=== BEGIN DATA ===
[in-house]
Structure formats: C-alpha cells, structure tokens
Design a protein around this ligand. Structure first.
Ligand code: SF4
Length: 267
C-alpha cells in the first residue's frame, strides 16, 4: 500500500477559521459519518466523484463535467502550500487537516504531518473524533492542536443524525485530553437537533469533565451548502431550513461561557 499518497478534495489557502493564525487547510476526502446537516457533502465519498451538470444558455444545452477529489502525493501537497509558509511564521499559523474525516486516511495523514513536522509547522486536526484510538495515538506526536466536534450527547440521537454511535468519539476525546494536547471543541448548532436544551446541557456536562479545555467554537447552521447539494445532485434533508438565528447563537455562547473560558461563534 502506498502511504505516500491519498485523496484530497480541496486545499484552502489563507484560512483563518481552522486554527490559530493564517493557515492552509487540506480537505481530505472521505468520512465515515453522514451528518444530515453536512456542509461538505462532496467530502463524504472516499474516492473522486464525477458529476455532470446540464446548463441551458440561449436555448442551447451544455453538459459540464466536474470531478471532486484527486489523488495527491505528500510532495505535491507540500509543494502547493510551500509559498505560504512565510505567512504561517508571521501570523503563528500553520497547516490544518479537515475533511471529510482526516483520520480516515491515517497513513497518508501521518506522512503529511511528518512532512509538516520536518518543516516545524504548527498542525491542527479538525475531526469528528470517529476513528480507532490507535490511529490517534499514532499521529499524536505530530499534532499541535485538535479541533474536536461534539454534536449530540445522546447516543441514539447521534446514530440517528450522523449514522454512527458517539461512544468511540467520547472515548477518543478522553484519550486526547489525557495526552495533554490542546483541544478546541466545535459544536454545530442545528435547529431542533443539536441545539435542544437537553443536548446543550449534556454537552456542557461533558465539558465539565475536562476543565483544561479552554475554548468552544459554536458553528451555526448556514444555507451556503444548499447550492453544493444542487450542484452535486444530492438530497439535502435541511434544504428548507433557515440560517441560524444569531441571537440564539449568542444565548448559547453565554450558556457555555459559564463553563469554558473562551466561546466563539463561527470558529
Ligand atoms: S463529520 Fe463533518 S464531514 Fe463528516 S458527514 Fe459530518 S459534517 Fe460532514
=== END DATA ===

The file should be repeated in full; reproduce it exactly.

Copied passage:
[in-house]
Structure formats: C-alpha cells, structure tokens
Design a protein around this ligand. Structure first.
Ligand code: SF4
Length: 267
C-alpha cells in the first residue's frame, strides 16, 4: 500500500477559521459519518466523484463535467502550500487537516504531518473524533492542536443524525485530553437537533469533565451548502431550513461561557 499518497478534495489557502493564525487547510476526502446537516457533502465519498451538470444558455444545452477529489502525493501537497509558509511564521499559523474525516486516511495523514513536522509547522486536526484510538495515538506526536466536534450527547440521537454511535468519539476525546494536547471543541448548532436544551446541557456536562479545555467554537447552521447539494445532485434533508438565528447563537455562547473560558461563534 502506498502511504505516500491519498485523496484530497480541496486545499484552502489563507484560512483563518481552522486554527490559530493564517493557515492552509487540506480537505481530505472521505468520512465515515453522514451528518444530515453536512456542509461538505462532496467530502463524504472516499474516492473522486464525477458529476455532470446540464446548463441551458440561449436555448442551447451544455453538459459540464466536474470531478471532486484527486489523488495527491505528500510532495505535491507540500509543494502547493510551500509559498505560504512565510505567512504561517508571521501570523503563528500553520497547516490544518479537515475533511471529510482526516483520520480516515491515517497513513497518508501521518506522512503529511511528518512532512509538516520536518518543516516545524504548527498542525491542527479538525475531526469528528470517529476513528480507532490507535490511529490517534499514532499521529499524536505530530499534532499541535485538535479541533474536536461534539454534536449530540445522546447516543441514539447521534446514530440517528450522523449514522454512527458517539461512544468511540467520547472515548477518543478522553484519550486526547489525557495526552495533554490542546483541544478546541466545535459544536454545530442545528435547529431542533443539536441545539435542544437537553443536548446543550449534556454537552456542557461533558465539558465539565475536562476543565483544561479552554475554548468552544459554536458553528451555526448556514444555507451556503444548499447550492453544493444542487450542484452535486444530492438530497439535502435541511434544504428548507433557515440560517441560524444569531441571537440564539449568542444565548448559547453565554450558556457555555459559564463553563469554558473562551466561546466563539463561527470558529
Ligand atoms: S463529520 Fe463533518 S464531514 Fe463528516 S458527514 Fe459530518 S459534517 Fe460532514